Living Forward in 2019

Happy New Year to everyone on this New Year’s Day in 2019!   I wanted to share with you all the experience I had with the Life Plan system put forward in Michael Hyatt and Daniel Harkavy’s book Living Forward:  A Proven Plan to Stop Drifting and Get the Life you Want.   I used the system last year in 2018, and decided that since I had such a positive experience with it that I would try it again this year in 2019.

So if you are looking to increase the passion and progress that you are making in all areas of your life, then I recommend this book.

Here’s how it works.

Understand your Needs

One of the reasons why the holiday movies Christmas Carol and It’s a Wonderful Life are such perennial favorites is because they are ultimately very hopeful movies that speak of redemption.   Despite how much you have messed up in your life in the past, you can still redeem yourself and gain a positive future if you change your behavior in the present.

That essentially is the worldview behind Living Forward.   The first step is imagining your own funeral, and what eulogies will be said on your behalf by all the people that attend them.   What would you like them to say about the legacy you left behind?   This is a very emotional exercise, and I can tell you it is the most difficult because it requires you to be vulnerable and look at your faults in the most honest way imaginable.

However, just like in the movies I mentioned it, it always enables you to feel the sense of hope of a positive future.  Then once you have pictured this envisioned future in as much detail as possible, you can go on to the next step.

Create Your Plan

Okay, you have an envisioned future and your current reality, you can now work on a plan to get from here to there.

Once the reasons why I like the Life Plan process is because it is a full-spectrum plan, meaning that it covers every aspect of your life.   You first determine your various life accounts, or the various aspects of your life.   Here are some suggestions, but of course you can tailor them to your particular situation:

Circle of Being (focuses on you):  Physical, Spiritual, Intellectual

Circle of Relating (focuses on relationships to others):  Social, Parental, Marital

Circle of Doing (focuses on your work):  Financial, Vocational, Avocational (hobbies)

For each account, you give an account of how it went in the previous year:   were you experiencing passion and/or progress in each of those areas?   Rank them in terms of your priority of what you would like to work on.   Normally it is best to focus on those priorities in your Circle of Being, and then to focus on those areas that you are lacking in both passion and progress.   It’s easier to raise your passion for an area first, because that passion will be the “wind in your sails” that inspires you to have greater progress.

You then figure out, for each account, those five or six specific accomplishments you would like to achieve by the end of the year in each account.   And that, my friends, is the essence of the work you have to do in the following year!

Implement Your Plan

You create space in your calendar for many of the activities you will need to do in order to accomplish your goals, after you account for the various fixed activities that you would have to do in any case (birthdays, holidays, work-related activities, etc.).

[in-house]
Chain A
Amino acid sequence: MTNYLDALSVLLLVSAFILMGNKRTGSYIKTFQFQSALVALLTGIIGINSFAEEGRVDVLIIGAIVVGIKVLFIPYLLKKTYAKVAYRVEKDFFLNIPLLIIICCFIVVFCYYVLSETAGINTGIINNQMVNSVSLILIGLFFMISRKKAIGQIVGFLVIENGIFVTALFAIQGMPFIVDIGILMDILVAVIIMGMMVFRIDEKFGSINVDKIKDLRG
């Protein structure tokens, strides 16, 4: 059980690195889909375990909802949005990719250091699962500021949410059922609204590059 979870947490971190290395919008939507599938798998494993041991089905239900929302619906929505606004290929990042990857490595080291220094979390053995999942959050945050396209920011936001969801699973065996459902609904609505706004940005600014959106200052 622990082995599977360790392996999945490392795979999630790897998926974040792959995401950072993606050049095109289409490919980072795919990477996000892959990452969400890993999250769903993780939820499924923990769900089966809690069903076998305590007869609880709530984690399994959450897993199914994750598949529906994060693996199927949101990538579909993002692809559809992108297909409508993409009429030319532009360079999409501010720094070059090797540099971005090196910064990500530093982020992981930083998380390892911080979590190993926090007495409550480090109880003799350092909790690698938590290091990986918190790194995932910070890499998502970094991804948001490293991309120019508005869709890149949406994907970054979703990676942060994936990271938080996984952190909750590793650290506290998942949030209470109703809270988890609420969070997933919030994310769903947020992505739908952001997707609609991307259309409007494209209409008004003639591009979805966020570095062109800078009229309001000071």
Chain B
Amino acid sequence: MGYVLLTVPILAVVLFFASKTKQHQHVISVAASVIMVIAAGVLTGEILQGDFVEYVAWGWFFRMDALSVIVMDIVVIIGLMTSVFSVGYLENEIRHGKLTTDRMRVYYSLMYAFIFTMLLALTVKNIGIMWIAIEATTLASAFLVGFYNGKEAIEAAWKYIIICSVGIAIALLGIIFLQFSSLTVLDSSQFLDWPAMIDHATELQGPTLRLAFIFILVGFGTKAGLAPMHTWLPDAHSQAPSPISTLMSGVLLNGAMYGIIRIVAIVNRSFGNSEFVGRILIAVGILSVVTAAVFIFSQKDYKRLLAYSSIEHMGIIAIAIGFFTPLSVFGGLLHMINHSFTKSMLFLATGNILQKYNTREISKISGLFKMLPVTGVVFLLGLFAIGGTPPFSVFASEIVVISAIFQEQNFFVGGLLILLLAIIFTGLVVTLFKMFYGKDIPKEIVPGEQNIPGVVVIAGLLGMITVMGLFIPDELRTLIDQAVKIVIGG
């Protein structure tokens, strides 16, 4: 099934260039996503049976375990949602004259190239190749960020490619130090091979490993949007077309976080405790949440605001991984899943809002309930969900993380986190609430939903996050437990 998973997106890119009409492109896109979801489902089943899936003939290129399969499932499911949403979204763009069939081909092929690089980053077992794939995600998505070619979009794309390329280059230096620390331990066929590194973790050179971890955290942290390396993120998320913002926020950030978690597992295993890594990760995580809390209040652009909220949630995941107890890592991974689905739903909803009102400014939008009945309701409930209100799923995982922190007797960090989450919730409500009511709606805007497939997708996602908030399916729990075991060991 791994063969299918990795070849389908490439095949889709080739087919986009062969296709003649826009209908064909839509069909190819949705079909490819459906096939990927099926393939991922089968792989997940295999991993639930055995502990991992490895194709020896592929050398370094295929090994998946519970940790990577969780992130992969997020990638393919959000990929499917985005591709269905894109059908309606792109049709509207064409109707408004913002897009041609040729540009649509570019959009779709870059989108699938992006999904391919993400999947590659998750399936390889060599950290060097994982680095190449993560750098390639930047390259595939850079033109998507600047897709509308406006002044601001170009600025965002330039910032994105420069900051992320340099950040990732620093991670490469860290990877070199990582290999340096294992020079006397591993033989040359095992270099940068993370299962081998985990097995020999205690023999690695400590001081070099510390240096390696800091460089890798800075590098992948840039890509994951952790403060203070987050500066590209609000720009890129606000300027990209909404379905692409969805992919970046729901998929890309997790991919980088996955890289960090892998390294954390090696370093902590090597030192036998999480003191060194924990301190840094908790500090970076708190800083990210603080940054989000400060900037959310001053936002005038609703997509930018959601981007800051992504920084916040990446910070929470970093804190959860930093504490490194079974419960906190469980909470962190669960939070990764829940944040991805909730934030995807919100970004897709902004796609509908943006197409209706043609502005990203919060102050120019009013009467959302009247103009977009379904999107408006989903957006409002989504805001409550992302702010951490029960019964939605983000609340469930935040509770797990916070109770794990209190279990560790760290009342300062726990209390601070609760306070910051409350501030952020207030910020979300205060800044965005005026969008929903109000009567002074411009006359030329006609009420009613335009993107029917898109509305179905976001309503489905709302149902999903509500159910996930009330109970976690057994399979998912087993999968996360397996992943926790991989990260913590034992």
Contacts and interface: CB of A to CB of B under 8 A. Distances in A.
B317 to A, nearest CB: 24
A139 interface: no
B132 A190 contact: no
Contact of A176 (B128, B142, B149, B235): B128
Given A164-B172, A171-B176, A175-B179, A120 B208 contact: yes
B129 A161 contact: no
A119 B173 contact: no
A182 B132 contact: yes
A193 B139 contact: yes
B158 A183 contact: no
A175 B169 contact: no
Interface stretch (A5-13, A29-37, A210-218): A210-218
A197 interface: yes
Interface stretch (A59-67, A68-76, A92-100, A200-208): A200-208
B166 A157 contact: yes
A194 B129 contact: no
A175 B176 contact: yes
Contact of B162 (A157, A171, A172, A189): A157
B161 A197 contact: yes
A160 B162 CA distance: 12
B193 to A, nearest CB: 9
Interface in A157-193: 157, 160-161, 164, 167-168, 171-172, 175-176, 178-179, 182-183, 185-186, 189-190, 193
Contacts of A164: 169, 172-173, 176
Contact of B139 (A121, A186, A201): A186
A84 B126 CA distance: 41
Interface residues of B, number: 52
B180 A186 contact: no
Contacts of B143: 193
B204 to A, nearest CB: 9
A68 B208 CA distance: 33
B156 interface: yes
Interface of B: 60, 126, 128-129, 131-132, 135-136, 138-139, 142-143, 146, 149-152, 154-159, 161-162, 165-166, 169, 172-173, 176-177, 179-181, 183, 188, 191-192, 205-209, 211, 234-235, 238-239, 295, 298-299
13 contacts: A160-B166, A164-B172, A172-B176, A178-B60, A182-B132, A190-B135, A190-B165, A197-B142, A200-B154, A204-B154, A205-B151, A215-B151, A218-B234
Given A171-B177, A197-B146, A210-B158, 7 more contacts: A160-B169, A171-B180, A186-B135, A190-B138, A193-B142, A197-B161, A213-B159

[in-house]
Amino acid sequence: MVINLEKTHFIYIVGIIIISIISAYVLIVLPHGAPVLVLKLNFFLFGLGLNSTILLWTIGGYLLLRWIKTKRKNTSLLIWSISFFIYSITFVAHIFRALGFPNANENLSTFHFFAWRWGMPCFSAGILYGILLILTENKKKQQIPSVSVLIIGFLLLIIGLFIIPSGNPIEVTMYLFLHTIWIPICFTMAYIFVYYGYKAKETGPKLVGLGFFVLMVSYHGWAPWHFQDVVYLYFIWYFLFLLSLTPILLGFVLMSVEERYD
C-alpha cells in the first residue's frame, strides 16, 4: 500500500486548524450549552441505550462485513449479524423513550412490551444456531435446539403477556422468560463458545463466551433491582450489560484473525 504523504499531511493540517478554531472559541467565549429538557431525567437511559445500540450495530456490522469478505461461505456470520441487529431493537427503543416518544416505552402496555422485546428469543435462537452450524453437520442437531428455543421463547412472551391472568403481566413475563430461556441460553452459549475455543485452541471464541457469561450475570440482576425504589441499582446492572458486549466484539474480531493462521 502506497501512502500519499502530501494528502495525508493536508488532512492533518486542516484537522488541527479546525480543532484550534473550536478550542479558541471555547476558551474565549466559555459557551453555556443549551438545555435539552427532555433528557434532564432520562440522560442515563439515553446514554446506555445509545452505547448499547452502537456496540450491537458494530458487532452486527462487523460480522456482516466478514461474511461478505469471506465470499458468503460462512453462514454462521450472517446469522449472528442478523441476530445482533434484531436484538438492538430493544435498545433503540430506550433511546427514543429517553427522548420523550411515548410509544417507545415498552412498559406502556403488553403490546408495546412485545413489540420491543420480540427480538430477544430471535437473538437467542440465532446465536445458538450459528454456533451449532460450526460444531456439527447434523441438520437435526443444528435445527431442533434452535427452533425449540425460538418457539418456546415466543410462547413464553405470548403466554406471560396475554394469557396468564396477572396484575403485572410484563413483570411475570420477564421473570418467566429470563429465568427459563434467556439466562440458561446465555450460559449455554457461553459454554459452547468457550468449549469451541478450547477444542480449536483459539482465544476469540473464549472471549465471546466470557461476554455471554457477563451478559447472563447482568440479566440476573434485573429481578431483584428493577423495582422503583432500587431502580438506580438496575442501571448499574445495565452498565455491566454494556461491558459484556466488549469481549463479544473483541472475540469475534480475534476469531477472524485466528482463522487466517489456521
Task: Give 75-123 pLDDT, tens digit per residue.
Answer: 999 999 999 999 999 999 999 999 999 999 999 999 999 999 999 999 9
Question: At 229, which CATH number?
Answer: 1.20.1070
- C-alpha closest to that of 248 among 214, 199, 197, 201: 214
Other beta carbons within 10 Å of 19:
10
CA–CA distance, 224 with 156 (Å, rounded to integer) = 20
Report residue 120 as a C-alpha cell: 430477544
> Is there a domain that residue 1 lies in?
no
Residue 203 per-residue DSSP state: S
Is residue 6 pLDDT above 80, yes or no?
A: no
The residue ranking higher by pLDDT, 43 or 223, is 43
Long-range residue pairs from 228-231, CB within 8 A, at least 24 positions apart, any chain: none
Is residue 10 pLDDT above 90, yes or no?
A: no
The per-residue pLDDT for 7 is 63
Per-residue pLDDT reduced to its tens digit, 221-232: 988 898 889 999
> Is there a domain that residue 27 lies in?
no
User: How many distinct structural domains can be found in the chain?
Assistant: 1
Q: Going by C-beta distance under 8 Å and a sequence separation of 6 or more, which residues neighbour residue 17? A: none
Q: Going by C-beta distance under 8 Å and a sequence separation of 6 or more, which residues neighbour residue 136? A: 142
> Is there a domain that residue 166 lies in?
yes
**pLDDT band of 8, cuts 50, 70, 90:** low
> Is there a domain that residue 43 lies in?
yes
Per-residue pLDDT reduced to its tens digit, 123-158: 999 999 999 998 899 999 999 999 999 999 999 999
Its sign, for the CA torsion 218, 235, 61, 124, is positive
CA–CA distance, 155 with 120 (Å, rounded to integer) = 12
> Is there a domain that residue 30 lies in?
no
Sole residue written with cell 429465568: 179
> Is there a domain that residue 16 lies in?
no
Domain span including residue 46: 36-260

What I do is I take those yearly goals I figured out in the last section, then I break them out into quarterly goals/tasks.   Then I take those quarterly goals/tasks, break them down into monthly ones, and then the monthly ones into those I am going to during the first week.

Voila!   I have taken the macro plan and broken it down, like a true project manager would, into a series of tasks that can be done within a week.

Even though Michael Hyatt says you need a day to do the entire process, I find that it can be physically and mentally exhausting to try to do it in a day.   I used the time on my vacation to my cousins in the week between Christmas and New Year’s Day to do a bit each day.

You should avoid being a perfectionist and try to do the best you can on your plan–believe me, you will be reviewing it on a regular basis so if some new situation comes up, you will be able to adjust your plan accordingly.

So I recommend you get the Living Forward book to help you create a Life Plan for the upcoming year!   As a bonus tip, I recommend you get Michael Hyatt’s Full-Focus Planner that helps you do the breakdown mentioned above.   Otherwise, you can just get a journal-like notebook and use that to do the exercises mentioned in the book.

Why I am recommending it, especially to project managers?   Because it treats your life as a project, and a lot of the approaches you already take towards your projects at work, are perfectly adapted in Living Forward to the biggest project you will tackle in the coming year!

Leave comments if you have any questions about the approach–either in terms of logistics or how it might be able to help you personally.   I did so much last year, so I can attest to its power as a tool for moving forward.   And that’s why I am doing it again, because I want to continue my progress I did last year!

And for those who are dreading creating an endless list of “to-do’s”, one of the reasons why I appreciate this approach is that, on the micro level, it has you build in to your schedule those activities which will help you recharge your batteries.   One of the insights that Michael Hyatt gives you in the Full-Focus Planner is that sometimes being (taking time off for your enrichment) is as important as doing things either for others or for your job.

It is therefore truly a full-spectrum plan that covers every conceivable area of your life!  Try it this coming year and see!






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